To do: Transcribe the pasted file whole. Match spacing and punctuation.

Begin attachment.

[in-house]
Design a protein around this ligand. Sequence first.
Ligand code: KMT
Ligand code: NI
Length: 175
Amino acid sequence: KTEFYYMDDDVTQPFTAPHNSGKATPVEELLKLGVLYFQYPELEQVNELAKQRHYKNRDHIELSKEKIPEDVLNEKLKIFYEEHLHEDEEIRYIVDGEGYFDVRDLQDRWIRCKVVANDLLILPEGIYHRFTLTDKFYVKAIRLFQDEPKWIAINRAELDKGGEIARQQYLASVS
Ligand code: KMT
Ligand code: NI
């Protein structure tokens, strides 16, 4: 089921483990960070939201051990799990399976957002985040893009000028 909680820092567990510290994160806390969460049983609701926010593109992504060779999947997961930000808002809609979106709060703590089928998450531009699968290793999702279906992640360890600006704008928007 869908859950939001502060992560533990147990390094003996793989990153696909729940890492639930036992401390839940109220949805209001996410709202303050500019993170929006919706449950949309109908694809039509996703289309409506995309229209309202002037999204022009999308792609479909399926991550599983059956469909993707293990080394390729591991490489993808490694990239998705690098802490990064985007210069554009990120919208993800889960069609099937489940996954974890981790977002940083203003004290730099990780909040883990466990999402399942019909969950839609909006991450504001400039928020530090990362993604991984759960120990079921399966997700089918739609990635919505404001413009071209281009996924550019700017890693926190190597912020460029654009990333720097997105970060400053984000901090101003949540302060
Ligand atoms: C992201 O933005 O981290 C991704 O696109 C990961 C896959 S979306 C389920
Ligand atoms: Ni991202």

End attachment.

[in-house]
Design a protein around this ligand. Sequence first.
Ligand code: KMT
Ligand code: NI
Length: 175
Amino acid sequence: KTEFYYMDDDVTQPFTAPHNSGKATPVEELLKLGVLYFQYPELEQVNELAKQRHYKNRDHIELSKEKIPEDVLNEKLKIFYEEHLHEDEEIRYIVDGEGYFDVRDLQDRWIRCKVVANDLLILPEGIYHRFTLTDKFYVKAIRLFQDEPKWIAINRAELDKGGEIARQQYLASVS
Ligand code: KMT
Ligand code: NI
């Protein structure tokens, strides 16, 4: 089921483990960070939201051990799990399976957002985040893009000028 909680820092567990510290994160806390969460049983609701926010593109992504060779999947997961930000808002809609979106709060703590089928998450531009699968290793999702279906992640360890600006704008928007 869908859950939001502060992560533990147990390094003996793989990153696909729940890492639930036992401390839940109220949805209001996410709202303050500019993170929006919706449950949309109908694809039509996703289309409506995309229209309202002037999204022009999308792609479909399926991550599983059956469909993707293990080394390729591991490489993808490694990239998705690098802490990064985007210069554009990120919208993800889960069609099937489940996954974890981790977002940083203003004290730099990780909040883990466990999402399942019909969950839609909006991450504001400039928020530090990362993604991984759960120990079921399966997700089918739609990635919505404001413009071209281009996924550019700017890693926190190597912020460029654009990333720097997105970060400053984000901090101003949540302060
Ligand atoms: C992201 O933005 O981290 C991704 O696109 C990961 C896959 S979306 C389920
Ligand atoms: Ni991202």